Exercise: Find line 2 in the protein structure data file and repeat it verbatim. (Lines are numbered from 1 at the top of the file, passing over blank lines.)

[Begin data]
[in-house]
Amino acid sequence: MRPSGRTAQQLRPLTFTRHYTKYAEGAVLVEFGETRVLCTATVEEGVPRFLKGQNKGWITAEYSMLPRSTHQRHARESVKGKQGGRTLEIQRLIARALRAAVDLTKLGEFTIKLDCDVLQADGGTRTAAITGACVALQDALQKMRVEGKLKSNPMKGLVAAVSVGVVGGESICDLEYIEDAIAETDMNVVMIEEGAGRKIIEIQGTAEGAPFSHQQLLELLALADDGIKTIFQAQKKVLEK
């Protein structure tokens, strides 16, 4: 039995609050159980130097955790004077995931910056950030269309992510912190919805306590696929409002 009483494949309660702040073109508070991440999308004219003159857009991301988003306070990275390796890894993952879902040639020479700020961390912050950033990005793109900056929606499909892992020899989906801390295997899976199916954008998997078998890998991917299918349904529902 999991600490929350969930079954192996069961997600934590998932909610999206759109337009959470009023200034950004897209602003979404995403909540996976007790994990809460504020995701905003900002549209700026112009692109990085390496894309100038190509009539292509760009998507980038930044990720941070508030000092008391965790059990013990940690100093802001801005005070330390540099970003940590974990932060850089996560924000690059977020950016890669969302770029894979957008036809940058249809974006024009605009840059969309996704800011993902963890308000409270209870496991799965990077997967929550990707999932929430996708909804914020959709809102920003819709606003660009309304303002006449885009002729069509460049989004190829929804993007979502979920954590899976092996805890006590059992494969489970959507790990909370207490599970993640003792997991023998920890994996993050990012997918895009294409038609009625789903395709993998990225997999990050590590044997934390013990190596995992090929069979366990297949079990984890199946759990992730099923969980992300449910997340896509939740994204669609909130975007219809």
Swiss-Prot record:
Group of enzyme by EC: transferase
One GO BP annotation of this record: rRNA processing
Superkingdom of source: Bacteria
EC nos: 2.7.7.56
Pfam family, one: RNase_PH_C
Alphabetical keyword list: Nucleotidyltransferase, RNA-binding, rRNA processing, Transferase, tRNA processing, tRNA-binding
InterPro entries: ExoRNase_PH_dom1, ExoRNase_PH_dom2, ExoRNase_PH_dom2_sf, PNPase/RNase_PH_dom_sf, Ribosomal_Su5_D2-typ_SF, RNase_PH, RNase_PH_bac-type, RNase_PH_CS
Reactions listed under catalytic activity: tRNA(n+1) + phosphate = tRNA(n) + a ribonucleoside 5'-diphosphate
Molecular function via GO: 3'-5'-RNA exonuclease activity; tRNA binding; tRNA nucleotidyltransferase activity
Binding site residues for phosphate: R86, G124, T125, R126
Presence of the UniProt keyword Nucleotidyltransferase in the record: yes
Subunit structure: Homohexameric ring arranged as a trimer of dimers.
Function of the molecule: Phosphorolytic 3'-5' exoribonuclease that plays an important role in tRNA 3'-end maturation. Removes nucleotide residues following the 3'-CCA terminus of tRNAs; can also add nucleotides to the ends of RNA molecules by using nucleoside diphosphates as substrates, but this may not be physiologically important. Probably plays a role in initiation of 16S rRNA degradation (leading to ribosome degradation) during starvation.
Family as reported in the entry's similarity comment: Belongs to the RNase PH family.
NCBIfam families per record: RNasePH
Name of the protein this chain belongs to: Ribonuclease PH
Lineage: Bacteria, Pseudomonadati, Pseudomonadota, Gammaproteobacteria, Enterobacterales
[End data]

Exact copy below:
Amino acid sequence: MRPSGRTAQQLRPLTFTRHYTKYAEGAVLVEFGETRVLCTATVEEGVPRFLKGQNKGWITAEYSMLPRSTHQRHARESVKGKQGGRTLEIQRLIARALRAAVDLTKLGEFTIKLDCDVLQADGGTRTAAITGACVALQDALQKMRVEGKLKSNPMKGLVAAVSVGVVGGESICDLEYIEDAIAETDMNVVMIEEGAGRKIIEIQGTAEGAPFSHQQLLELLALADDGIKTIFQAQKKVLEK